NATO? No problem
05/23/2012 10:00 PM
After all the stress and consternation leading up to the NATO summit, we’ve finally made it through.
That wasn’t that bad, now was it?
We had a few noisy protestors who made their way through the South and West Loop (and even a little bit of East Pilsen), but none caused any harm to passive bystanders. In fact, we saw locals all up and down the streets of Michigan Avenue watching the parade march by on Sunday, May 20.
One man named Jim Kooney, a resident of 1515 S. Michigan Ave., stood in front of his building with a garden hose. On a sweltering hot day, he just wanted to help people out, and he grinned with delight as he filled up water bottles of protestors. The joy was contagious.
“We do this during the marathon, too,” he said. “I’m just trying to be a good neighbor. Everybody’s appreciative.”
Yes, there was trouble later on, and a good amount of it. The clash between police and protestors at Cermak Road and Michigan Avenue was disturbing to witness, and shouldn’t have happened.
Two factors were at play there: A police force that insisted upon clearing out the intersection soon after the events were over, and group of protestors who wouldn’t leave and decided they wanted to push through the line of police officers to get to McCormick Place.
Both are reprehensible. There was no need for the police to clear out the intersection so quickly, particularly after letting the protestors wander around aimlessly in the streets for hours and hours on end over the rest of the weekend. Why it was necessary to move everyone out of Cermak and Michigan so quickly after the biggest event of the weekend is unclear, and it was borderline foolish.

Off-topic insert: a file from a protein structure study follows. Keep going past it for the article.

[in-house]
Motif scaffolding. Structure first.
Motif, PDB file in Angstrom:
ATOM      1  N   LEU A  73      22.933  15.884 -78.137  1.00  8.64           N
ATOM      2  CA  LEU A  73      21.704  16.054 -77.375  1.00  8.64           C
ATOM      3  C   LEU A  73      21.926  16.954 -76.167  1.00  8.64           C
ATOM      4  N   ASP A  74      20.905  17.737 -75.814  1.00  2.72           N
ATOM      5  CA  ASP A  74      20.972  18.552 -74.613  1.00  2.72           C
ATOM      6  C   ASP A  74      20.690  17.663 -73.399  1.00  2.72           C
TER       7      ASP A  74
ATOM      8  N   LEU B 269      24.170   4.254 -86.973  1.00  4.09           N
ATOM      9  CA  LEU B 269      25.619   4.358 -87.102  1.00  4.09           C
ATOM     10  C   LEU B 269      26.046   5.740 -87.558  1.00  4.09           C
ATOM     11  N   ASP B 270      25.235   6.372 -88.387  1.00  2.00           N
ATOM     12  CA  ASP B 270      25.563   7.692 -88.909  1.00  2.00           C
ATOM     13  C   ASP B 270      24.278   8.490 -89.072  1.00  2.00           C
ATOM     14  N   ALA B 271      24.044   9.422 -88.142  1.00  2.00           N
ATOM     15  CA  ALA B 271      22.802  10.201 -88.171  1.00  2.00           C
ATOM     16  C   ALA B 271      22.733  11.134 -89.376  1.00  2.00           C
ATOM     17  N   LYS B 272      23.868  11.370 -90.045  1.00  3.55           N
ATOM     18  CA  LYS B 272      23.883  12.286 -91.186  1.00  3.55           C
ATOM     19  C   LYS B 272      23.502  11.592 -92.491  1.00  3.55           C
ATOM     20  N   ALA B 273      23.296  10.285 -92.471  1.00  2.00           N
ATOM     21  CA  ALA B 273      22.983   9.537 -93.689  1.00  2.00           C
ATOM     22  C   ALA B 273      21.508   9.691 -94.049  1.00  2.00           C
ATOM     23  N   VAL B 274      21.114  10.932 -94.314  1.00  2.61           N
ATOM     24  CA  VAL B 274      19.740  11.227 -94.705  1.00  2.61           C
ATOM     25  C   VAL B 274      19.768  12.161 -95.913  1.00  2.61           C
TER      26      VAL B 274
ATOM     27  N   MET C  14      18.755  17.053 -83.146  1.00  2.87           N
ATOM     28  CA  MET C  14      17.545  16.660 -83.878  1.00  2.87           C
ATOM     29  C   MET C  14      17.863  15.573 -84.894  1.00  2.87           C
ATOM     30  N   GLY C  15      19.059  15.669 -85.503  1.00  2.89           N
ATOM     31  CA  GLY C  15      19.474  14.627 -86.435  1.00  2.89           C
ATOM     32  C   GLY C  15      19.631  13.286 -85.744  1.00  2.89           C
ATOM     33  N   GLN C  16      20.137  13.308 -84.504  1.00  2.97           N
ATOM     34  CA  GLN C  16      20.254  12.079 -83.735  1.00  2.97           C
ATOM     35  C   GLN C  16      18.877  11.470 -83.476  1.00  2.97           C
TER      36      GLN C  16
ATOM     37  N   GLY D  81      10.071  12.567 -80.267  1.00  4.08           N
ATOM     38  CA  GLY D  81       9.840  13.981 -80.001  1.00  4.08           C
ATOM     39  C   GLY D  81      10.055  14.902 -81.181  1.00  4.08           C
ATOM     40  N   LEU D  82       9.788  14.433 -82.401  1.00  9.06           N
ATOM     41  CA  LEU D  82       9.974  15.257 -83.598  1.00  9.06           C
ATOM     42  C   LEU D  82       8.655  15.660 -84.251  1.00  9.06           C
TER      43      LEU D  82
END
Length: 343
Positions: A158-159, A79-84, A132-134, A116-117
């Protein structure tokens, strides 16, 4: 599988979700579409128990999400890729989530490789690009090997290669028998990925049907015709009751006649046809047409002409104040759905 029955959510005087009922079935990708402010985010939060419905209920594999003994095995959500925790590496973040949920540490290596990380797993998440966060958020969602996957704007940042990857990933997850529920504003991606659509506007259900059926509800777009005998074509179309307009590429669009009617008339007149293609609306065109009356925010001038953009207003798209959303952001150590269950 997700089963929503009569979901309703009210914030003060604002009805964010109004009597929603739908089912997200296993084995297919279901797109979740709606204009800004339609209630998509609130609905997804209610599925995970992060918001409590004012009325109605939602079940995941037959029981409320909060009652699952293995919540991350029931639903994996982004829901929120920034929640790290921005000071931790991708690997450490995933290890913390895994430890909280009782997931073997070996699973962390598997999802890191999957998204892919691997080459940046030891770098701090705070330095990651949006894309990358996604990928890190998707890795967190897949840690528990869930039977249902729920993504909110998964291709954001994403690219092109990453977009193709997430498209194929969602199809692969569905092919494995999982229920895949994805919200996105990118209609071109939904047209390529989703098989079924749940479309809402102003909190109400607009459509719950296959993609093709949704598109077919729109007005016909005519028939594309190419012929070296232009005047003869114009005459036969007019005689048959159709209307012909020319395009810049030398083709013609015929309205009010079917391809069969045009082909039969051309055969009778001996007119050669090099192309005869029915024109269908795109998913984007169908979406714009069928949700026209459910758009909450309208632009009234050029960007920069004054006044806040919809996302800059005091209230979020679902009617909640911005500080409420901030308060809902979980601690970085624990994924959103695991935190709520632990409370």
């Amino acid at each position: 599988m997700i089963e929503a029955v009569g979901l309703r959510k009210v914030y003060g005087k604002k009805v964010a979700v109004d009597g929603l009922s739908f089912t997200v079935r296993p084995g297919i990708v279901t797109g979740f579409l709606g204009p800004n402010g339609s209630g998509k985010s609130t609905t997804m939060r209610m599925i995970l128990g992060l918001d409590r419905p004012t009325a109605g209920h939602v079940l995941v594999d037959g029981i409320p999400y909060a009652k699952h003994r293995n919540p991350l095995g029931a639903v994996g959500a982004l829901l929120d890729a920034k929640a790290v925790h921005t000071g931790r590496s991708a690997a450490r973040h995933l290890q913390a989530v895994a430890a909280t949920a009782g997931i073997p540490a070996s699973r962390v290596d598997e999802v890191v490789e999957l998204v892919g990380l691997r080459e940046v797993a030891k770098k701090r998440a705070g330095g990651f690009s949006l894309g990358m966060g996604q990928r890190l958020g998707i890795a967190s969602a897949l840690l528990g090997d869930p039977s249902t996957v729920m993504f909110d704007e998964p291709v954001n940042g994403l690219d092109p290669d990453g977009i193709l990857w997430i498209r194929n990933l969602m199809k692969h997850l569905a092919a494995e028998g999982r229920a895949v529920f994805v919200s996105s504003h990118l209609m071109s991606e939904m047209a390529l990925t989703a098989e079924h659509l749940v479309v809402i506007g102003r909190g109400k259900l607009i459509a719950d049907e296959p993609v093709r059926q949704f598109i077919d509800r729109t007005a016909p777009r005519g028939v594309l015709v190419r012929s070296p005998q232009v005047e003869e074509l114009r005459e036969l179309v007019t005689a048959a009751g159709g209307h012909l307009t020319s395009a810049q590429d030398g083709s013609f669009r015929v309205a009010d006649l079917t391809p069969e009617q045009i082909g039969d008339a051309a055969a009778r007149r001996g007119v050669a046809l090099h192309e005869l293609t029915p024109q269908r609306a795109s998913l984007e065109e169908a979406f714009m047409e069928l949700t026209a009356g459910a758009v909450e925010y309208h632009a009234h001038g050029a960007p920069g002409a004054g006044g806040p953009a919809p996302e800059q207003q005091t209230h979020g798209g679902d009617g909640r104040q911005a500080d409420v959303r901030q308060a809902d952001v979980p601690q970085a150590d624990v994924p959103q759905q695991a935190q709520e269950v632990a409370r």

However, we simply don’t understand why the group of agitating protestors decided they wanted to stay and even rush the convention center. Maybe it was hardheadedness. Maybe it was the desire for martyrdom. Perhaps they harbored dreams of rushing into McCormick Place and giving their message to President Obama personally.
Probably, though, it was just the idiotic desire to fight the police.
A lesson for life: If several thousand police officers ask you nicely to leave somewhere, it’s probably in your best interest to do it. And you definitely shouldn’t throw things at them.
Over the rest of the weekend, police performed admirably with the protestors, though, and should be commended for that. Letting the protestors move throughout downtown at will was the best possible tactic for defusing tensions. Well done.